No Place Like Home – Glenorchy, Aotearoa

I have lived outside of New Zealand most of my adult life.  At no point did I decide to live ‘overseas’ it just sort of happened.  First, to try a couple of years working in Australia.  Then I thought it would be sensible to do my MBA in the US.  And then I met a lovely french guy on a bus in Peru and he wasn’t wild about living in NZ.  19 years later, here we are in London, and I only managed to live at ‘home’ for one year in 2004.   It doesn’t matter how long I stay away, Aotearoa is home.  I still  get a thrill when I fly over the Auckland harbour on my way in, and shed a tear when I fly out over the Manukau harbour.  Feelings I never get when I land at Heathrow.  There really is no place like home…..   In spite of having the amazing opportunity to travel the world, and loving my life in London, I still make sure I spend at least a month a year in NZ, ideally in the glorious outdoors.    I can’t do justice in NZ in just one post, so forgive me if this is a multipart series covering my favourite places to be and things to do in Aotearoa……
First post of the series – Go to Glenorchy!
I know most people recommend Queenstown as one of NZ’s highlights.  I can’t deny that it is a town of great restaurants, stunning views, nice hotels and good burgers.  However, it is wildly overcrowded, traffic is slower than London, and I don’t come to NZ for nice restaurants (plenty of those in London and Paris)!  So, I always recommend that people head up to Glenorchy instead.  Glenorchy is a very quiet little town after 4pm and before 10 am.  In between these times there is a bit of hustle and bustle as jet boaters and kayakers come to town, but if you are heading off to the bush during the day you don’t see any of these people.    My favourite things to do in Glenorchy are….(note if you think trail runners and hikers are bonkers, then probably not worth reading any further….)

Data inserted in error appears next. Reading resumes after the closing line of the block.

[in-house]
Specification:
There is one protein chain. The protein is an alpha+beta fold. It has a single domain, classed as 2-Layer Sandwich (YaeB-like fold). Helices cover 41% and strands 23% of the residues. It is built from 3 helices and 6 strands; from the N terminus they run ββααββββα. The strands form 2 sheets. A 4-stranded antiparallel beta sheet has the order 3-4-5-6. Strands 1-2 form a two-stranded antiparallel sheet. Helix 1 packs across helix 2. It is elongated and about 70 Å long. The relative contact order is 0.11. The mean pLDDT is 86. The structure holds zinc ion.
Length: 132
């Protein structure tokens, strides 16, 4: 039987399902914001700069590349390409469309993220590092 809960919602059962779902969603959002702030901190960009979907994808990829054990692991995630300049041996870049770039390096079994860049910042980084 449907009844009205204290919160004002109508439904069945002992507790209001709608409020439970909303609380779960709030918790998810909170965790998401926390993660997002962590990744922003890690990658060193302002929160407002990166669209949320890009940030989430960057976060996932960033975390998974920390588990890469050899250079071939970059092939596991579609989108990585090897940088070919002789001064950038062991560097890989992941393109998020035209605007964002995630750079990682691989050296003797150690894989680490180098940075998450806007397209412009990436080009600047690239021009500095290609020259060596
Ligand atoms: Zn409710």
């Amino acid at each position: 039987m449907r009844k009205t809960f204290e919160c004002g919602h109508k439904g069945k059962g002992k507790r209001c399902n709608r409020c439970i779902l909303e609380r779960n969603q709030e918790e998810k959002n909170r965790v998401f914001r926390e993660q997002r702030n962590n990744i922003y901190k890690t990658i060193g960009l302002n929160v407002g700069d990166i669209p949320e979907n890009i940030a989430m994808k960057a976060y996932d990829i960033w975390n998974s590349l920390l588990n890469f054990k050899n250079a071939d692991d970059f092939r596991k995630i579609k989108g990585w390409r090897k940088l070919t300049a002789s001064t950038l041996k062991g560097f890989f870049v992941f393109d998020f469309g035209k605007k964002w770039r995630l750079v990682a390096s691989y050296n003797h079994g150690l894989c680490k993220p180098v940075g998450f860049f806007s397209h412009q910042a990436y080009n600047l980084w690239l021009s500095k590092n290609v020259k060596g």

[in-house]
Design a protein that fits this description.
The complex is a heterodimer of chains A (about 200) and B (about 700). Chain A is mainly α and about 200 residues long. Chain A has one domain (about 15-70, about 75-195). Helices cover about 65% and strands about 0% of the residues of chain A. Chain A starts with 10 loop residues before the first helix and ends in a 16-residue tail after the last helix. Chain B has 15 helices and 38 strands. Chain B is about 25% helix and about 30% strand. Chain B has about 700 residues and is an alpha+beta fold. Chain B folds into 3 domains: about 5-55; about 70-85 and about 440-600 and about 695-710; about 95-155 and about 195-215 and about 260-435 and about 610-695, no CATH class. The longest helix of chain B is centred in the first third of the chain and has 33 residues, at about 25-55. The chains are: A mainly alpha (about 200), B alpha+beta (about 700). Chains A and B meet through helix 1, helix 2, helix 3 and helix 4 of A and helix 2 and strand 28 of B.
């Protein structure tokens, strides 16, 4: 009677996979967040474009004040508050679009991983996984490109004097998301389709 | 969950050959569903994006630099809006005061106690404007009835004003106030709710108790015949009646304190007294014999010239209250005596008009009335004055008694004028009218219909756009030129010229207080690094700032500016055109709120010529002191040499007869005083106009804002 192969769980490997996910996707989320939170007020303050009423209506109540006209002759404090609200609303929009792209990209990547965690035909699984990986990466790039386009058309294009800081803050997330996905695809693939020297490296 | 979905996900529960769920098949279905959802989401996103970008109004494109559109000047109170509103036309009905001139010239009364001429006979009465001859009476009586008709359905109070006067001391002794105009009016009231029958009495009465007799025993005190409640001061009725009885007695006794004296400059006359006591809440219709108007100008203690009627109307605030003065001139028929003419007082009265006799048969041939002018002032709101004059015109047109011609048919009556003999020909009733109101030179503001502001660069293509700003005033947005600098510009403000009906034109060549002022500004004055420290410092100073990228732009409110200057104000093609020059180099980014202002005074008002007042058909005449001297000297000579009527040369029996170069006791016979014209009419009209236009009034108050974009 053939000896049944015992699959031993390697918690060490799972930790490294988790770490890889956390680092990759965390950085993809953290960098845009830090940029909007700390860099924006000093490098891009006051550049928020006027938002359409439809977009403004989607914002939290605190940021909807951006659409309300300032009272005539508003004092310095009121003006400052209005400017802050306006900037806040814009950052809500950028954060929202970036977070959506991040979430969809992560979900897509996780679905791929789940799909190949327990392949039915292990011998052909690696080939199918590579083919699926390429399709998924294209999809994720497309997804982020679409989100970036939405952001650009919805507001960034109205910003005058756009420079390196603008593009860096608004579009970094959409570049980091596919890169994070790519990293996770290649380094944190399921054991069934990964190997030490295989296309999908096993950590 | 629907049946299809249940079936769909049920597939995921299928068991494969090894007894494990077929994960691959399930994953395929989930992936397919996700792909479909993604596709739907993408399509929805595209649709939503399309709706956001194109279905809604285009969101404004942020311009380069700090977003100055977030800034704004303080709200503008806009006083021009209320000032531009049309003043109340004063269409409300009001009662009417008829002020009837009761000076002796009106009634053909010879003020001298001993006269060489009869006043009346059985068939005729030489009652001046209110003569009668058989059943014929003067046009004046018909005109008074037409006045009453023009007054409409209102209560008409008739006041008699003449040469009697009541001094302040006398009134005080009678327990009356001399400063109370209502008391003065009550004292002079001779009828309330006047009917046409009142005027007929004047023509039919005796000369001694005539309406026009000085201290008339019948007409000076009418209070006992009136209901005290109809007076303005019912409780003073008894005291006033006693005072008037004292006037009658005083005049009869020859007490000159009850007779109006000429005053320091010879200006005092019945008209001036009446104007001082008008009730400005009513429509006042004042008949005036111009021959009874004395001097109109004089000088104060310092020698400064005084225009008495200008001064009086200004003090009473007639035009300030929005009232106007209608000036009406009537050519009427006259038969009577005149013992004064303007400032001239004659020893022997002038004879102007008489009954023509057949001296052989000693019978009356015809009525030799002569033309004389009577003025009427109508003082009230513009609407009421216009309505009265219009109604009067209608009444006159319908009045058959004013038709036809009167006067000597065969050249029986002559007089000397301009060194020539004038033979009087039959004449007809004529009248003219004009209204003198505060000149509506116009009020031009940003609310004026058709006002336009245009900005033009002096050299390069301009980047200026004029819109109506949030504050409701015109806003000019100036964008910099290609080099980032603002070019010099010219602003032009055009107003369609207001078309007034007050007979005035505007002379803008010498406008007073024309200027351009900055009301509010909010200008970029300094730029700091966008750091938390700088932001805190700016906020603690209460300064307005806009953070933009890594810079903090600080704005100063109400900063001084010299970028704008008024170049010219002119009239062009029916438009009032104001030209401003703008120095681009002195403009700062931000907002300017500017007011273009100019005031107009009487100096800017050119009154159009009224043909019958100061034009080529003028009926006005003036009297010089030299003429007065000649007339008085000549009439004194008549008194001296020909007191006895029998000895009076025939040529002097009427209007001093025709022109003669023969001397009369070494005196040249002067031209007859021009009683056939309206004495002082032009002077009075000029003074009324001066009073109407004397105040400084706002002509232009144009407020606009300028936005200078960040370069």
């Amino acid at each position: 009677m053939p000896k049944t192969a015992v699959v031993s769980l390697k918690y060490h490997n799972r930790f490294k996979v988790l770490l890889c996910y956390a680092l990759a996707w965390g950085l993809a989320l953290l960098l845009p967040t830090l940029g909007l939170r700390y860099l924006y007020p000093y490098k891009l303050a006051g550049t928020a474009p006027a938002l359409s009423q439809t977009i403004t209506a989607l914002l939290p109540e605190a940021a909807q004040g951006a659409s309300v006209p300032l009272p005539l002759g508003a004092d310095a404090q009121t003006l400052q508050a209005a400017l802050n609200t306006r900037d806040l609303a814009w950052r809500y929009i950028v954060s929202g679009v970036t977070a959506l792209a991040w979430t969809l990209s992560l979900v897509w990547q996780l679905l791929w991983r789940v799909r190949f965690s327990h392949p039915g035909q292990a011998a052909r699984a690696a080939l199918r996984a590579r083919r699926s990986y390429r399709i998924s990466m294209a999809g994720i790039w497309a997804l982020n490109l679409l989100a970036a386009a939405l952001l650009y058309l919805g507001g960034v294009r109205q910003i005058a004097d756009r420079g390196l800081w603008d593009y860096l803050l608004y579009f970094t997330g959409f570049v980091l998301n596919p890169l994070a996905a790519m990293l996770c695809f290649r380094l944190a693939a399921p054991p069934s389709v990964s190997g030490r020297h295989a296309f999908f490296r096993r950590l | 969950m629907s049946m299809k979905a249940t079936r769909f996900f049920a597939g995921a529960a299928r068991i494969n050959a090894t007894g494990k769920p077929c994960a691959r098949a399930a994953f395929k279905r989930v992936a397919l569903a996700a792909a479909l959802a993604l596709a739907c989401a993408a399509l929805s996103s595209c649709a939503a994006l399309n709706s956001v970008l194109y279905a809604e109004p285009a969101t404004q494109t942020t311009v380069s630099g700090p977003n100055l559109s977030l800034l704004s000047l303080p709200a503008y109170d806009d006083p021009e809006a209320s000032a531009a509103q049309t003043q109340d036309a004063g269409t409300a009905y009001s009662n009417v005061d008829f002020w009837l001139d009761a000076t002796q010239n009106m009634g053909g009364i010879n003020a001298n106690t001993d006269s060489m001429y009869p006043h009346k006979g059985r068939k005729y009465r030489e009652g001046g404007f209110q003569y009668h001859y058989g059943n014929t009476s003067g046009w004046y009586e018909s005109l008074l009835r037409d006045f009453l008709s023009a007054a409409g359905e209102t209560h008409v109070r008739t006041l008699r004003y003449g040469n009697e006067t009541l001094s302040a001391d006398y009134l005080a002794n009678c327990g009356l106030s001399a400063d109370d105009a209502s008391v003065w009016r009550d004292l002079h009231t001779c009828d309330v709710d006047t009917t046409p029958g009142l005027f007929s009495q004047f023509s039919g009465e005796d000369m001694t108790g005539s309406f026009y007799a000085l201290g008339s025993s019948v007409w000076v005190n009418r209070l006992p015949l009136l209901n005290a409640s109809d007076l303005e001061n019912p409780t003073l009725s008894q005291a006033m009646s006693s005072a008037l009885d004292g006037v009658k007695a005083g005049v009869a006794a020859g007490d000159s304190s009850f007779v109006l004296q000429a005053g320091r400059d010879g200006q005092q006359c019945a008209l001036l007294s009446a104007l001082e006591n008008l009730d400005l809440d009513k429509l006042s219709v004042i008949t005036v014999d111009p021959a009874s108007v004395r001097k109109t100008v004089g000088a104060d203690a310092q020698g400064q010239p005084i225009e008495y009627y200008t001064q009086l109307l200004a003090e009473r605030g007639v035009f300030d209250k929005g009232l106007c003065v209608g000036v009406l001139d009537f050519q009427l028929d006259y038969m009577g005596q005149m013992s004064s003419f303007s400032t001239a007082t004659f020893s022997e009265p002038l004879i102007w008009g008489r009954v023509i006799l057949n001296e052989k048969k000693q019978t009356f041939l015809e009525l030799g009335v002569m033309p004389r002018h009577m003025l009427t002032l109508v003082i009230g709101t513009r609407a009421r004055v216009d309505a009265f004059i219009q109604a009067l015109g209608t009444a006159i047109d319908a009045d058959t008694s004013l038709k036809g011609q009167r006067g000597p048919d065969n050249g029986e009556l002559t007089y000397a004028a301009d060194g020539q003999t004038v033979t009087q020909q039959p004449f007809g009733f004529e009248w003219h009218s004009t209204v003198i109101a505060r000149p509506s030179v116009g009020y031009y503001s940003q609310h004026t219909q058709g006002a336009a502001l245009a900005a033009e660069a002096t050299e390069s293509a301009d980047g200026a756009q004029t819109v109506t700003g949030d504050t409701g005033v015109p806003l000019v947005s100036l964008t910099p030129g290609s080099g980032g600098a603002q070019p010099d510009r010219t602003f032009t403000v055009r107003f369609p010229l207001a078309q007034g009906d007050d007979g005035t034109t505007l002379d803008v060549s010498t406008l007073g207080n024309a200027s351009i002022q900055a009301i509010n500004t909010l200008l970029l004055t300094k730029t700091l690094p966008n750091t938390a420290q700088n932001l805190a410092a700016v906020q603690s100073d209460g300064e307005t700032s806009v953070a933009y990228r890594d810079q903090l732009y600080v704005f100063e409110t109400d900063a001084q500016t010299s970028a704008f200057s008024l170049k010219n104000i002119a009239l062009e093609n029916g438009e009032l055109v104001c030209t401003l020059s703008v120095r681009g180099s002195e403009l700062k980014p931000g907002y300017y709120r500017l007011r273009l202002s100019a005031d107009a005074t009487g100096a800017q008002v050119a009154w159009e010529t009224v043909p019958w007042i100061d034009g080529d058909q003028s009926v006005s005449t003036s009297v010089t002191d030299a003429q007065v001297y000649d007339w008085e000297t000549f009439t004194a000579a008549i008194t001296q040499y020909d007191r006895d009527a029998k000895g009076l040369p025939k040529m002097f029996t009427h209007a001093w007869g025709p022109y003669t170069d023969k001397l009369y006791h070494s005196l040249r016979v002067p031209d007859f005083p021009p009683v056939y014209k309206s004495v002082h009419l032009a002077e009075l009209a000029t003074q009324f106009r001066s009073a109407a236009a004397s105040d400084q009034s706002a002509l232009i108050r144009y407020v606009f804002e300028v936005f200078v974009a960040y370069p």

Run the Routeburn up to Harris Saddle/TarahakaWhakatipu or further up to Signal Hill if have the stamina
This is one of my favourite 4-5 hour runs in NZ.  And you don’t have to run all the uphills.  On a fine day you can see out towards Milford and down into the Hollyford Valley.  While the track is more overcrowded than I like, it is deservedly so given the views.  And running it is a good way of avoiding the crowds, as you can run past them, and you don’t have to sleep with them snoring in the huts next to you at night.  Take plenty of clothes to change into if the weather turns, and you can stop in at Harris Shelter for somewhere warm to eat lunch.  If you want to walk it, that is entirely do-able to from the Routeburn Road end in 8-9 hours return
The Routeburn from the Harris Saddle
The Routeburn from the Harris Saddle
Hike/Tramp overnight up to Earnslaw Burn
This track isn’t particularly runable – it is very rocky and rooty, and even with my hardcore kiwi mates we didn’t go much faster than 2-3km per hour.   Once you get to the tree line, you have amazing views to the glacier and icefall on Mount Earnslaw.  Plan on 2-3 hours to get up there.  I would recommend taking a tent and spending the night
Above the treelike at the Earnslaw Burn
Above the treelike at the Earnslaw Burn
Climb Mount Earnslaw/PIKIRAKATAHI